The effect of that is well known because it’s already happening. It will mean that sea levels continue to rise, as the glaciers and polar ice caps melt. Since most of the world’s population live near or on the coasts, or in low lying areas, and since once land has been swallowed by the sea it’s gone forever, that is an existential threat. More global warming will also mean more extreme weather, as the rising heat drives more intense storms, rainfall, flooding, heatwaves, drought and wildfires. That will pose obvious immediate threats to lives and livelihoods, but also more subtle ones: to our food supply as it becomes harder to grow the things on which we all depend; to human health as climate change increases both the risks of disease and extreme weather puts more stress on human physical and mental wellbeing; to ecosystems as plants and animals find they cannot cope with the changes; to peace and stability, as growing resource scarcity drives a potential rise in conflict; and to justice and equity, as the people who are least responsible for climate change – the world’s poor – find themselves the most vulnerable to its effects.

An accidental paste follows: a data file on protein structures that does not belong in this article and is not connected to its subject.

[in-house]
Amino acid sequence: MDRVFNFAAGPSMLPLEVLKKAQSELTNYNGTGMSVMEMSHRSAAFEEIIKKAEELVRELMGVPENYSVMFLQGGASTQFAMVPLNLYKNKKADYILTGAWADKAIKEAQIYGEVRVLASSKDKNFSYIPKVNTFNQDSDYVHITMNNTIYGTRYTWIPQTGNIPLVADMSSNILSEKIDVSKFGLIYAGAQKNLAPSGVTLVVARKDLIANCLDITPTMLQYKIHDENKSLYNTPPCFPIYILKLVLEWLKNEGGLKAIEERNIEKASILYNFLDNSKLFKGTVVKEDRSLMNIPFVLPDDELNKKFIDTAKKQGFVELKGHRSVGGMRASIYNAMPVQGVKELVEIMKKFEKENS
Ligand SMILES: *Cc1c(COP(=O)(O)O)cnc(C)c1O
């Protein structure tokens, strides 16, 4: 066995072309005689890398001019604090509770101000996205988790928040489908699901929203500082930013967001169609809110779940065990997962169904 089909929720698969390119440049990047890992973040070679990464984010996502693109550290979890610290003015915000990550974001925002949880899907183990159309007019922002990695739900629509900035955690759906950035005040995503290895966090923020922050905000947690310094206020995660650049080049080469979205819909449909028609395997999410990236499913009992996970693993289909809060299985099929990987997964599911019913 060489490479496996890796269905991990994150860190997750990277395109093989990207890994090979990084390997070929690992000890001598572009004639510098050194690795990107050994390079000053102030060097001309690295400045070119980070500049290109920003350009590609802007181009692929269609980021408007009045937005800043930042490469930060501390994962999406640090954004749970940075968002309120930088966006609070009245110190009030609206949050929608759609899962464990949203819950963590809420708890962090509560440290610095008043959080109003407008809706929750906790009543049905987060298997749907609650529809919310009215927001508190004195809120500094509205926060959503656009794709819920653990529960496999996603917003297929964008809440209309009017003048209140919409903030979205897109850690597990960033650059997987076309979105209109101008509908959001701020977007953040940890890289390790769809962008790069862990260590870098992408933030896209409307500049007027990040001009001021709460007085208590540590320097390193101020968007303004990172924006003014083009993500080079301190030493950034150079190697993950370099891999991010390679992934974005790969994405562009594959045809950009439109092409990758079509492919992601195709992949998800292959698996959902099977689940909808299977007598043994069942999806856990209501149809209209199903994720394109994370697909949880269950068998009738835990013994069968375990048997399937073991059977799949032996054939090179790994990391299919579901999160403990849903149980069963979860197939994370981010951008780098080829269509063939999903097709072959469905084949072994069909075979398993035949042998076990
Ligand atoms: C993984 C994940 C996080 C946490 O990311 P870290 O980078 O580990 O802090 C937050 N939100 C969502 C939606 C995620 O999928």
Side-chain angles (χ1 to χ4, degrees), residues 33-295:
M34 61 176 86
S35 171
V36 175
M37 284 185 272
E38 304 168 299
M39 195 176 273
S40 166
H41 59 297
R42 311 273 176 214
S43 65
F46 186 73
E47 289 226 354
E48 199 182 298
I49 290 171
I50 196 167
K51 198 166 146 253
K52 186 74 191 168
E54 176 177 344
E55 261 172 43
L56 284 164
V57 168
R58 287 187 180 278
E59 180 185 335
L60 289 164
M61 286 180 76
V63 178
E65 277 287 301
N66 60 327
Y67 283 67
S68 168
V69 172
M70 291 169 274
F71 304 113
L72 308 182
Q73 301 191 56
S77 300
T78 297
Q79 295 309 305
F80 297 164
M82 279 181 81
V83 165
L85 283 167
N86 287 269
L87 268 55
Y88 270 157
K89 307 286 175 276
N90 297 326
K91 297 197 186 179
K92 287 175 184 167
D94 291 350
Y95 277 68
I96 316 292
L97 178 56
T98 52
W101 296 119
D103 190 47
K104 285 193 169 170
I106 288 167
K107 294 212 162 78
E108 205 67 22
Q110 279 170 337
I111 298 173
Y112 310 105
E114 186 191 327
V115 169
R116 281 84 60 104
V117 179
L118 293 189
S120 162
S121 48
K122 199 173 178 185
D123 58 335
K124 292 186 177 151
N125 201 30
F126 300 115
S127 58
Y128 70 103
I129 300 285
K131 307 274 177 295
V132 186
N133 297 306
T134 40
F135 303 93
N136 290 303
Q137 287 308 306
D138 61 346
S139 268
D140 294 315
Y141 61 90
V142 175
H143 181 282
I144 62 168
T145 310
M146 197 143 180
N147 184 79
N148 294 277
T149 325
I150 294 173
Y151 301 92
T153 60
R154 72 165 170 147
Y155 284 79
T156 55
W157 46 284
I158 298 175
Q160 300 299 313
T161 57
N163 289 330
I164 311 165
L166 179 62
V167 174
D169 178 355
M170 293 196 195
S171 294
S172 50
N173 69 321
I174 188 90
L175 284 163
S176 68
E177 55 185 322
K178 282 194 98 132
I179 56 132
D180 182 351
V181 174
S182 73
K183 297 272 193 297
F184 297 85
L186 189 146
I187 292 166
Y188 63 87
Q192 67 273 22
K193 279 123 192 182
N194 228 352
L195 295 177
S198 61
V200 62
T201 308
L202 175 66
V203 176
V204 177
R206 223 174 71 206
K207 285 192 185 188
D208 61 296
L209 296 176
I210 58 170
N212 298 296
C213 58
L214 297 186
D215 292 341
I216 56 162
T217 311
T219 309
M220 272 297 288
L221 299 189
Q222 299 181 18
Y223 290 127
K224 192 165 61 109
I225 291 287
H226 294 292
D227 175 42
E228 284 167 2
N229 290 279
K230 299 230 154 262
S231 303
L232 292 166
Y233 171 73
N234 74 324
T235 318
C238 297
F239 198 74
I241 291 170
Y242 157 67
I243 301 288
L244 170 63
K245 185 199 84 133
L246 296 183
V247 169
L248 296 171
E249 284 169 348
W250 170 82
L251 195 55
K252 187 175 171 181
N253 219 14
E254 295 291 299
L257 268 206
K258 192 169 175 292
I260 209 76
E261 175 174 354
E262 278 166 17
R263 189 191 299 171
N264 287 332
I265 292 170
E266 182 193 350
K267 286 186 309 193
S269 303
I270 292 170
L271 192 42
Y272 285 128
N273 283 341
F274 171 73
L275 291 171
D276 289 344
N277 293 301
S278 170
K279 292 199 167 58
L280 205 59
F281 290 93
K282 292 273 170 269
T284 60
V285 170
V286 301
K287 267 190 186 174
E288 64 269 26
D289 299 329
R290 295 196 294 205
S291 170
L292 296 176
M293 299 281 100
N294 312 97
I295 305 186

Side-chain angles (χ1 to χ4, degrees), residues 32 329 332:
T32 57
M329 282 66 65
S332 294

Those effects are global but where we will feel them is local. So let me illustrate what this version of the future would mean for where we are today, Oxford.
Oxford is a lovely place. It was founded as a river crossing on the Thames and the string of braided watercourses which traverse the city give it much of its character. It has many agreeable homes, a lot of them built on drained marshland. It’s surrounded by beautiful countryside, has good quality of life, a strong knowledge and services economy, modern infrastructure, easy rail and road connections to London and the rest of the country, and an attractive combination of the traditional (punting, swimming in the Cherwell) and the modern (Wolfson College). You don’t need me to tell you it is also the oldest university in the English-speaking world and that it has some of the finest collections of buildings in the world, many dating from Anglo-Saxon times.
Every single one of those things is at risk if we don’t act on climate.
In that version of the future the city of Oxford itself is at risk, as more frequent and more violent flooding makes it less and less liveable and disrupts daily life more and more frequently. Homes and businesses are at risk, as it becomes harder and harder to keep the water out of places built on floodplain or drained marsh. By 2100 the countryside around Oxford and the abundant wildlife it contains is dying, as extreme temperatures, drought and climate-driven disease takes hold.